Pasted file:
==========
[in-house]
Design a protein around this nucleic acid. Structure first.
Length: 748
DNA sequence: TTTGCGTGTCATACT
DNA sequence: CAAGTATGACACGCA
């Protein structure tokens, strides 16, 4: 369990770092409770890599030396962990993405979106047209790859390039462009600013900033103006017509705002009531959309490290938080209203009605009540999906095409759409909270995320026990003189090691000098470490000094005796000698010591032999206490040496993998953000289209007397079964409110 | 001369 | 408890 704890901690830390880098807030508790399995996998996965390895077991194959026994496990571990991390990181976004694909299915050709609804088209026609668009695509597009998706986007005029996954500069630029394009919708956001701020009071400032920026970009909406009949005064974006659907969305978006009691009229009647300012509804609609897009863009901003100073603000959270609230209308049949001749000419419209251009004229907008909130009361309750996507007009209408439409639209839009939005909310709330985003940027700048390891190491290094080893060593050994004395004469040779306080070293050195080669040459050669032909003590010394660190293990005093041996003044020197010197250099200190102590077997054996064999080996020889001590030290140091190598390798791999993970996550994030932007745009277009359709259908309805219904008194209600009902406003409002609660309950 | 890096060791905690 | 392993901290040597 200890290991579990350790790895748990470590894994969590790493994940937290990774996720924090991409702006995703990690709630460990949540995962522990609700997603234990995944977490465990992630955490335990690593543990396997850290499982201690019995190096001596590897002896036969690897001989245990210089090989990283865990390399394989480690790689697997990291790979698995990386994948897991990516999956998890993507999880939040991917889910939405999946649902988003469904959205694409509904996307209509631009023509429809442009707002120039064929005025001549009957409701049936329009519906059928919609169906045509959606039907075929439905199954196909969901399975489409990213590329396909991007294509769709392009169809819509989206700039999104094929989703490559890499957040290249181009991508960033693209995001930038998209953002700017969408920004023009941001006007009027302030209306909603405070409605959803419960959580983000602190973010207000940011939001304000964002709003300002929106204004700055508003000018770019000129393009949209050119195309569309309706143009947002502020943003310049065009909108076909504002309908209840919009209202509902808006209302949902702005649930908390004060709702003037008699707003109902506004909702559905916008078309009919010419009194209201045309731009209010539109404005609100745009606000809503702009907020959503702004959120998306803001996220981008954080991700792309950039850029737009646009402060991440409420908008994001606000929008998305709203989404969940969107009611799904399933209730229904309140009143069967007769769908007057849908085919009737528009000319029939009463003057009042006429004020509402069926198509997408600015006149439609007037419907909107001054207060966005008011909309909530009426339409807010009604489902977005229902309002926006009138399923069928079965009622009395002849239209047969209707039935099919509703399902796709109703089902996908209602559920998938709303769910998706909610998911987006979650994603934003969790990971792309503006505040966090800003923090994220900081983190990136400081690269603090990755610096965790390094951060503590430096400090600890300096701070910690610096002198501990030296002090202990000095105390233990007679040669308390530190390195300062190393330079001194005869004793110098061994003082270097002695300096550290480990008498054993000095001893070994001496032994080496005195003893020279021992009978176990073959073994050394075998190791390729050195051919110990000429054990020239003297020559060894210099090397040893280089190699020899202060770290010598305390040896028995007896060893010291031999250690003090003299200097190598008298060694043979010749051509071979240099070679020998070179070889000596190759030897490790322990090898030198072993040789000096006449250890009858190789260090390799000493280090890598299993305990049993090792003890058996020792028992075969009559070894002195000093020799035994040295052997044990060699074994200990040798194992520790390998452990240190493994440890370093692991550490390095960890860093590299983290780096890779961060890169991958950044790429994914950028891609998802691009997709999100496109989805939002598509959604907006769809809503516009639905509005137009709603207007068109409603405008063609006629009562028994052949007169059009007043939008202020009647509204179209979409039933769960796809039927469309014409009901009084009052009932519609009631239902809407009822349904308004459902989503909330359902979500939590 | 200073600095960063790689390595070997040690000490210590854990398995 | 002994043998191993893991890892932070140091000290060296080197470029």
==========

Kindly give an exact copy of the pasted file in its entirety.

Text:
[in-house]
Design a protein around this nucleic acid. Structure first.
Length: 748
DNA sequence: TTTGCGTGTCATACT
DNA sequence: CAAGTATGACACGCA
């Protein structure tokens, strides 16, 4: 369990770092409770890599030396962990993405979106047209790859390039462009600013900033103006017509705002009531959309490290938080209203009605009540999906095409759409909270995320026990003189090691000098470490000094005796000698010591032999206490040496993998953000289209007397079964409110 | 001369 | 408890 704890901690830390880098807030508790399995996998996965390895077991194959026994496990571990991390990181976004694909299915050709609804088209026609668009695509597009998706986007005029996954500069630029394009919708956001701020009071400032920026970009909406009949005064974006659907969305978006009691009229009647300012509804609609897009863009901003100073603000959270609230209308049949001749000419419209251009004229907008909130009361309750996507007009209408439409639209839009939005909310709330985003940027700048390891190491290094080893060593050994004395004469040779306080070293050195080669040459050669032909003590010394660190293990005093041996003044020197010197250099200190102590077997054996064999080996020889001590030290140091190598390798791999993970996550994030932007745009277009359709259908309805219904008194209600009902406003409002609660309950 | 890096060791905690 | 392993901290040597 200890290991579990350790790895748990470590894994969590790493994940937290990774996720924090991409702006995703990690709630460990949540995962522990609700997603234990995944977490465990992630955490335990690593543990396997850290499982201690019995190096001596590897002896036969690897001989245990210089090989990283865990390399394989480690790689697997990291790979698995990386994948897991990516999956998890993507999880939040991917889910939405999946649902988003469904959205694409509904996307209509631009023509429809442009707002120039064929005025001549009957409701049936329009519906059928919609169906045509959606039907075929439905199954196909969901399975489409990213590329396909991007294509769709392009169809819509989206700039999104094929989703490559890499957040290249181009991508960033693209995001930038998209953002700017969408920004023009941001006007009027302030209306909603405070409605959803419960959580983000602190973010207000940011939001304000964002709003300002929106204004700055508003000018770019000129393009949209050119195309569309309706143009947002502020943003310049065009909108076909504002309908209840919009209202509902808006209302949902702005649930908390004060709702003037008699707003109902506004909702559905916008078309009919010419009194209201045309731009209010539109404005609100745009606000809503702009907020959503702004959120998306803001996220981008954080991700792309950039850029737009646009402060991440409420908008994001606000929008998305709203989404969940969107009611799904399933209730229904309140009143069967007769769908007057849908085919009737528009000319029939009463003057009042006429004020509402069926198509997408600015006149439609007037419907909107001054207060966005008011909309909530009426339409807010009604489902977005229902309002926006009138399923069928079965009622009395002849239209047969209707039935099919509703399902796709109703089902996908209602559920998938709303769910998706909610998911987006979650994603934003969790990971792309503006505040966090800003923090994220900081983190990136400081690269603090990755610096965790390094951060503590430096400090600890300096701070910690610096002198501990030296002090202990000095105390233990007679040669308390530190390195300062190393330079001194005869004793110098061994003082270097002695300096550290480990008498054993000095001893070994001496032994080496005195003893020279021992009978176990073959073994050394075998190791390729050195051919110990000429054990020239003297020559060894210099090397040893280089190699020899202060770290010598305390040896028995007896060893010291031999250690003090003299200097190598008298060694043979010749051509071979240099070679020998070179070889000596190759030897490790322990090898030198072993040789000096006449250890009858190789260090390799000493280090890598299993305990049993090792003890058996020792028992075969009559070894002195000093020799035994040295052997044990060699074994200990040798194992520790390998452990240190493994440890370093692991550490390095960890860093590299983290780096890779961060890169991958950044790429994914950028891609998802691009997709999100496109989805939002598509959604907006769809809503516009639905509005137009709603207007068109409603405008063609006629009562028994052949007169059009007043939008202020009647509204179209979409039933769960796809039927469309014409009901009084009052009932519609009631239902809407009822349904308004459902989503909330359902979500939590 | 200073600095960063790689390595070997040690000490210590854990398995 | 002994043998191993893991890892932070140091000290060296080197470029």